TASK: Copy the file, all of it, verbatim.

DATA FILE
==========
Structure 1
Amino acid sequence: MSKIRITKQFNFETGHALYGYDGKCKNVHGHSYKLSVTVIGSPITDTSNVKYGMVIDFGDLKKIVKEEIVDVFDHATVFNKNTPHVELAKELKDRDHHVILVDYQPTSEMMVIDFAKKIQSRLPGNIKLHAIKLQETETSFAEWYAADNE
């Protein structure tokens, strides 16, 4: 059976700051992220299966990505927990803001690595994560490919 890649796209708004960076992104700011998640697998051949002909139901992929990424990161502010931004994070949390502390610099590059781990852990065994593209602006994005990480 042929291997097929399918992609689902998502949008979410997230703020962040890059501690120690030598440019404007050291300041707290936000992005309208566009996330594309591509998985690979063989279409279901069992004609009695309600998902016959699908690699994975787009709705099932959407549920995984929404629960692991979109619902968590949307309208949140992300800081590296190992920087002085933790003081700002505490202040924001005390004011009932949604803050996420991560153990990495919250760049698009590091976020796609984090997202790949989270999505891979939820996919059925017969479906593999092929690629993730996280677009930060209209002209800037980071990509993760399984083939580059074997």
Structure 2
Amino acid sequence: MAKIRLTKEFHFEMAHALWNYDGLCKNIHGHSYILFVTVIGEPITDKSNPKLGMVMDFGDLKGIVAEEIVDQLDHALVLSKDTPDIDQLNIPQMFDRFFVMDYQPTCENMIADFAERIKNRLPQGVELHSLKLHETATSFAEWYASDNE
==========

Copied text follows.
Structure 1
Amino acid sequence: MSKIRITKQFNFETGHALYGYDGKCKNVHGHSYKLSVTVIGSPITDTSNVKYGMVIDFGDLKKIVKEEIVDVFDHATVFNKNTPHVELAKELKDRDHHVILVDYQPTSEMMVIDFAKKIQSRLPGNIKLHAIKLQETETSFAEWYAADNE
């Protein structure tokens, strides 16, 4: 059976700051992220299966990505927990803001690595994560490919 890649796209708004960076992104700011998640697998051949002909139901992929990424990161502010931004994070949390502390610099590059781990852990065994593209602006994005990480 042929291997097929399918992609689902998502949008979410997230703020962040890059501690120690030598440019404007050291300041707290936000992005309208566009996330594309591509998985690979063989279409279901069992004609009695309600998902016959699908690699994975787009709705099932959407549920995984929404629960692991979109619902968590949307309208949140992300800081590296190992920087002085933790003081700002505490202040924001005390004011009932949604803050996420991560153990990495919250760049698009590091976020796609984090997202790949989270999505891979939820996919059925017969479906593999092929690629993730996280677009930060209209002209800037980071990509993760399984083939580059074997």
Structure 2
Amino acid sequence: MAKIRLTKEFHFEMAHALWNYDGLCKNIHGHSYILFVTVIGEPITDKSNPKLGMVMDFGDLKGIVAEEIVDQLDHALVLSKDTPDIDQLNIPQMFDRFFVMDYQPTCENMIADFAERIKNRLPQGVELHSLKLHETATSFAEWYASDNE